Saturday, February 27, 2016

War-torn Libya's Competing Zones of Influence
After year and half of conflict, Libya is now territorially divided between two rival regimes, competing militias and the terrorist Daesh group

By Seifeddin al-Trabulsi and Moataz al-Mejbari
Anadolu News Agency

 The military struggle between Libya’s rival political camps began in earnest a year and a half ago and has since created new territorial divisions -- and areas of competing military influence -- across the North African country.

Libya has remained in a state of turmoil since a bloody rebellion in early 2011 -- part of the "Arab Spring" uprisings -- ended with the ouster and death of longtime Pan-Africanist Muammar Gaddafi.

Since then, the country’s stark political divisions have yielded two rival seats of government, one in Tobruk and one in capital Tripoli, each of which boasts its own institutions and military capacities.

The first political camp is the Tripoli-based General National Congress (GNC) and its affiliated government, led by Prime Minister Khalifa al-Ghweil.

The GNC is a legislative authority, members of which were elected in July of 2012 for two-year terms. In mid-2014, the GNC unilaterally extended its mandate and refused to transfer legislative authority to a newly-elected Council of Representatives.

The 200-member Council of Representatives, for its part, is now based in the eastern city of Tobruk under an "interim" government led by Abdullah al-Thani.

According to some observers, the Council of Representatives lacks legitimacy following a 2014 ruling by Libya’s Tripoli-based Supreme Constitutional Court.

On Nov. 6 of that year, the court ruled that an article in Libya’s constitution was unconstitutional, which essentially meant that the Council of Representatives itself lacked constitutionality.

The council, however, contested this claim, challenging the legitimacy of the court, which it said, was a tool of the Tripoli-based GNC.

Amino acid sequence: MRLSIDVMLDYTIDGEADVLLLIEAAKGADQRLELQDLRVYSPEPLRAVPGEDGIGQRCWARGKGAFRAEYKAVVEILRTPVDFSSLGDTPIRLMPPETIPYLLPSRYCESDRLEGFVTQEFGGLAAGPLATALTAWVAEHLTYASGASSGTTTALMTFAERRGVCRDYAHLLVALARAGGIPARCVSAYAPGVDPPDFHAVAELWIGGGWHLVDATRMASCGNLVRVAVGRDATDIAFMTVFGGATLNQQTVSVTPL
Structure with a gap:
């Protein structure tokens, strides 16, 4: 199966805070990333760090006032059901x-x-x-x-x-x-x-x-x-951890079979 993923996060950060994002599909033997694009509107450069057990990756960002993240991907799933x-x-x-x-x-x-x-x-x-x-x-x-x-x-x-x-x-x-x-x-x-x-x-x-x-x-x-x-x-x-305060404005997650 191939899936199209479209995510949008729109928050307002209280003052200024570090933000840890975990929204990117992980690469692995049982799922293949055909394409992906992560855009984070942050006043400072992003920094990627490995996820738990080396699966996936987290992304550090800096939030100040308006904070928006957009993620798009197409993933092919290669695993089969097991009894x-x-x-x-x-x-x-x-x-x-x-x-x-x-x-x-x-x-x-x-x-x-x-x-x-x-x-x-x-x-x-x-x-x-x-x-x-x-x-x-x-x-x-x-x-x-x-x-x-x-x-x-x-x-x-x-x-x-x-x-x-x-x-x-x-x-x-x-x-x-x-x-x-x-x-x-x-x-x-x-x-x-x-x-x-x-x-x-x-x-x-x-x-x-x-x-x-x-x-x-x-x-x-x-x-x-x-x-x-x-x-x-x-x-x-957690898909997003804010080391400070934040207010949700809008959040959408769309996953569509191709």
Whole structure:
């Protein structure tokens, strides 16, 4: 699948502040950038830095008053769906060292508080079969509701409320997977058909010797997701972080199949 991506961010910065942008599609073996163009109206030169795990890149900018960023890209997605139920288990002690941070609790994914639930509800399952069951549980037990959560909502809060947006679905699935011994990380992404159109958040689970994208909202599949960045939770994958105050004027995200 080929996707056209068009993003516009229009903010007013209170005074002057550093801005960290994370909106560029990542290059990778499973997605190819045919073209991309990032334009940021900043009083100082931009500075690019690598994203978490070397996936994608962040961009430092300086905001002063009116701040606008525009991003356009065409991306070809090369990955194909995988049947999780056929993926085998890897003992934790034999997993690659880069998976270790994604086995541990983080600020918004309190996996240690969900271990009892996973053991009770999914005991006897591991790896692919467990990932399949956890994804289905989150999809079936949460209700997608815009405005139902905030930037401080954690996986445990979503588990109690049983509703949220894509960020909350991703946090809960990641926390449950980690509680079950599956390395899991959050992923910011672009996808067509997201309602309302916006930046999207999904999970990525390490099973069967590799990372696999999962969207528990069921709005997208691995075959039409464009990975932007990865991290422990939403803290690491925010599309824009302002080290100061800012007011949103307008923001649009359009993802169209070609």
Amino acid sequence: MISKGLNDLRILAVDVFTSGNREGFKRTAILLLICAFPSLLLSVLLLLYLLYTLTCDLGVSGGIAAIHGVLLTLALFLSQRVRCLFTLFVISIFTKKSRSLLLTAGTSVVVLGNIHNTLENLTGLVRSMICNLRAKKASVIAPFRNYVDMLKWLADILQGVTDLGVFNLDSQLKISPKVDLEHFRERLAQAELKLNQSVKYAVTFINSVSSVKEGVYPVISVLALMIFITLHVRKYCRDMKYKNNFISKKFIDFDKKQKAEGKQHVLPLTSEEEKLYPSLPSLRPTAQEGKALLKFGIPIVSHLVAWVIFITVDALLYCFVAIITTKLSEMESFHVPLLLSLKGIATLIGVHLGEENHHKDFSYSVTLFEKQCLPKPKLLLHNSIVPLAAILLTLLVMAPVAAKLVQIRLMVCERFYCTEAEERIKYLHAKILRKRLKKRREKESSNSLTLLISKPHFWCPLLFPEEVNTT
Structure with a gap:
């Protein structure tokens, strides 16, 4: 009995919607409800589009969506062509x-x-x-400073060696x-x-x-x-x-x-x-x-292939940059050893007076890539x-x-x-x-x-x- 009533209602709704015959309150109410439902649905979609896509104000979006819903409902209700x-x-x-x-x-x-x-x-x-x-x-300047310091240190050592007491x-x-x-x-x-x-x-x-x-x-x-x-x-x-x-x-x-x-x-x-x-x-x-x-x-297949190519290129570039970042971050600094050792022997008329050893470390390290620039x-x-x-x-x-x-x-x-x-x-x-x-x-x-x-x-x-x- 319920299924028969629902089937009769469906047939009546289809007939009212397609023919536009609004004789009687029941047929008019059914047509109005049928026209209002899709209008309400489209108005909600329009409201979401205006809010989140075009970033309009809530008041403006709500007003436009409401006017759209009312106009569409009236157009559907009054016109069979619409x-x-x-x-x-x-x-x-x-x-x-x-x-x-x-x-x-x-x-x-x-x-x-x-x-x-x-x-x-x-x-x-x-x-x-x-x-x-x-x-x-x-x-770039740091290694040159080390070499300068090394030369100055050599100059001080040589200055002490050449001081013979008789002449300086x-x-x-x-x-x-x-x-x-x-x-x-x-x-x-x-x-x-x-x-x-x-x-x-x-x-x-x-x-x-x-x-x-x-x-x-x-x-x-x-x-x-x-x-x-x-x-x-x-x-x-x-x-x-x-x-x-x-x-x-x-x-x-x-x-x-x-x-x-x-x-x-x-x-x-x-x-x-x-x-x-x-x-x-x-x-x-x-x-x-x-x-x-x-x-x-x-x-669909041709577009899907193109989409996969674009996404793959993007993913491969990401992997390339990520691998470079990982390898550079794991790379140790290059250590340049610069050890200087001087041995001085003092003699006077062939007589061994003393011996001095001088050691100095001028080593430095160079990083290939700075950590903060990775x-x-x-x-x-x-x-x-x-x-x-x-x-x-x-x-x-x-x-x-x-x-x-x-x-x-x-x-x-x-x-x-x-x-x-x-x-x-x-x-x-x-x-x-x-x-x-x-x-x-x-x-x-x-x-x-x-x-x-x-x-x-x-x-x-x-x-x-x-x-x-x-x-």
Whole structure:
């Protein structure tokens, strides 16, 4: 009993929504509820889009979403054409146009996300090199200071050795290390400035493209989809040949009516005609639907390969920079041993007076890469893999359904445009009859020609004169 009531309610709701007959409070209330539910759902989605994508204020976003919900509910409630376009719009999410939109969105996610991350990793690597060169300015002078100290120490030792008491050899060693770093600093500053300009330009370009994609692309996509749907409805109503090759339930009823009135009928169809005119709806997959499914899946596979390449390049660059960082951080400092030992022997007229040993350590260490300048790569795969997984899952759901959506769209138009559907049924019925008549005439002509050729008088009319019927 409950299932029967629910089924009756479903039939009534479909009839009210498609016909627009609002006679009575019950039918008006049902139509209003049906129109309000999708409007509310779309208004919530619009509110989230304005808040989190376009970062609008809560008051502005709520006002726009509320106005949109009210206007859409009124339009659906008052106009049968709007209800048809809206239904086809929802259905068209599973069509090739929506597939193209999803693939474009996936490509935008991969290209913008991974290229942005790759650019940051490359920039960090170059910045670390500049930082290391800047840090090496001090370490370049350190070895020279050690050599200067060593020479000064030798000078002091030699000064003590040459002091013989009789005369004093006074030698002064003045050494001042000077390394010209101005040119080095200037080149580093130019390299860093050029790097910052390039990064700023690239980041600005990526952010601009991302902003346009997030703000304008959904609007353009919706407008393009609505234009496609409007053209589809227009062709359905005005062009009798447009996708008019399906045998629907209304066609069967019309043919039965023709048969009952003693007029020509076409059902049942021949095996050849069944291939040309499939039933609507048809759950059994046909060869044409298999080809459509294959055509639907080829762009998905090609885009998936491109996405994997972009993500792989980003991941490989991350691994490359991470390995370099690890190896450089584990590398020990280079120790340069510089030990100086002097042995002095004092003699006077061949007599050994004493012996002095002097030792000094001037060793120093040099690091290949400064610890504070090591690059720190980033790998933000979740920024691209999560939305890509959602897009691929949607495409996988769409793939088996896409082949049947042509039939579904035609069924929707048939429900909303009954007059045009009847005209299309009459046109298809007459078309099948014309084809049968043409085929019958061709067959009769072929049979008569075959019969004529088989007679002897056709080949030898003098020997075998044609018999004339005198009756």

As it currently stands, the political polarization in Libya has served to divide the country into different areas of administrative and military control, which are loosely as follows:

1. Areas of administrative control

The GNC currently controls most of western Libya, from the Tunisian border up to -- but not including -- the coastal city of Sirte. Areas under GNC control include capital Tripoli but exclude the city of Zintan and the Warshefana area.

The Tobruk-based government, meanwhile, now controls most of eastern Libya, including Benghazi, the country’s second largest city.

The Daesh terrorist group, for its part, has taken advantage of this ongoing rivalry to capture territory of its own.

Although the terrorist group lost the city of Derna to the Shura Council of Mujahideen -- an Islamist group loyal to neither Tobruk nor Tripoli -- late last year, it currently holds the city of Sirte, the hometown of late leader Gaddafi.

Estimates as to the number of Daesh terrorists currently based in Sirte range from 1,500 (Libyan sources) to 3,000 (sources cited by the western media).

2. Areas of military control

Western Libya is currently witnessing military conflict between the pro-GNC Fajr Libya ("Libyan Dawn") forces on the one hand and the self-styled "Army Operations Command" and the allied Al-Zintan Brigades -- both of which support the Tobruk government -- on the other.

Fajr Libya consists of revolutionaries who fought the Gaddafi regime in 2011. The group currently holds all the territory along the Libyan coast from the outskirts of Sirte to the border of Tunisia.

In eastern Libya, meanwhile, the army loyal to the Tobruk government is fighting Daesh and the "Shura Council of Benghazi Revolutionaries", who fought the Gaddafi regime in Benghazi in 2011.

The military conflict has remained ongoing since May 16, 2014, when -- in a move described as a "coup" by his opponents -- General Khalifa Haftar appeared on Libyan television to announce the dissolution of the Tripoli parliament, which had just unilaterally extended its mandate.

Haftar, with the support of the new government in Tobruk, went on to launch a wide-ranging military operation against the Ansar al-Sharia and Revolutionaries Brigades, both of which had fought the Gaddafi regime during the rebellion.

Haftar (who once served Gadadffi before defecting in the late 1980s) was later promoted to the rank of commander-in-chief of the Tobruk government’s armed forces.

The Daesh terrorist group, meanwhile, has continued to carry out sporadic raids in oil-rich areas of eastern Libya.

And in the country’s south, most territory is held by various tribes who have remained largely neutral in the ongoing conflict between Tobruk and Tripoli.

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